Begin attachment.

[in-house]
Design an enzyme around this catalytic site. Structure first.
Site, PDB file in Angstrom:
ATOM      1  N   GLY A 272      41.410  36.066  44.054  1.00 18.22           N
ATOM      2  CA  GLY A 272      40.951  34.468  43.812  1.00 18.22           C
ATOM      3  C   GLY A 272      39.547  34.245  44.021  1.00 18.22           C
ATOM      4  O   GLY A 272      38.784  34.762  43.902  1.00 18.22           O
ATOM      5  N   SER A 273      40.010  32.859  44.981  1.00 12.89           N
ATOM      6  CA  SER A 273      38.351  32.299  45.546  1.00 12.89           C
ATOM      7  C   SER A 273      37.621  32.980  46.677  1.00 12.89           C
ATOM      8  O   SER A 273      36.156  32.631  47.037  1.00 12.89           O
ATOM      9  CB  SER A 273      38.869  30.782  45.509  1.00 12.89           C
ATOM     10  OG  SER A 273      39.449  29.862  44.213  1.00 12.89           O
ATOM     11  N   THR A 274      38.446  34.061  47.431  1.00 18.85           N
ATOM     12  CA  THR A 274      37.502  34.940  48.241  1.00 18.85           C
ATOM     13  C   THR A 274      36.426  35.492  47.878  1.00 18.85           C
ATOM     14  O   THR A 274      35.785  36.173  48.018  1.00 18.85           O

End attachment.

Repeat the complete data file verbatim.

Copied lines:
[in-house]
Design an enzyme around this catalytic site. Structure first.
Site, PDB file in Angstrom:
ATOM      1  N   GLY A 272      41.410  36.066  44.054  1.00 18.22           N
ATOM      2  CA  GLY A 272      40.951  34.468  43.812  1.00 18.22           C
ATOM      3  C   GLY A 272      39.547  34.245  44.021  1.00 18.22           C
ATOM      4  O   GLY A 272      38.784  34.762  43.902  1.00 18.22           O
ATOM      5  N   SER A 273      40.010  32.859  44.981  1.00 12.89           N
ATOM      6  CA  SER A 273      38.351  32.299  45.546  1.00 12.89           C
ATOM      7  C   SER A 273      37.621  32.980  46.677  1.00 12.89           C
ATOM      8  O   SER A 273      36.156  32.631  47.037  1.00 12.89           O
ATOM      9  CB  SER A 273      38.869  30.782  45.509  1.00 12.89           C
ATOM     10  OG  SER A 273      39.449  29.862  44.213  1.00 12.89           O
ATOM     11  N   THR A 274      38.446  34.061  47.431  1.00 18.85           N
ATOM     12  CA  THR A 274      37.502  34.940  48.241  1.00 18.85           C
ATOM     13  C   THR A 274      36.426  35.492  47.878  1.00 18.85           C
ATOM     14  O   THR A 274      35.785  36.173  48.018  1.00 18.85           O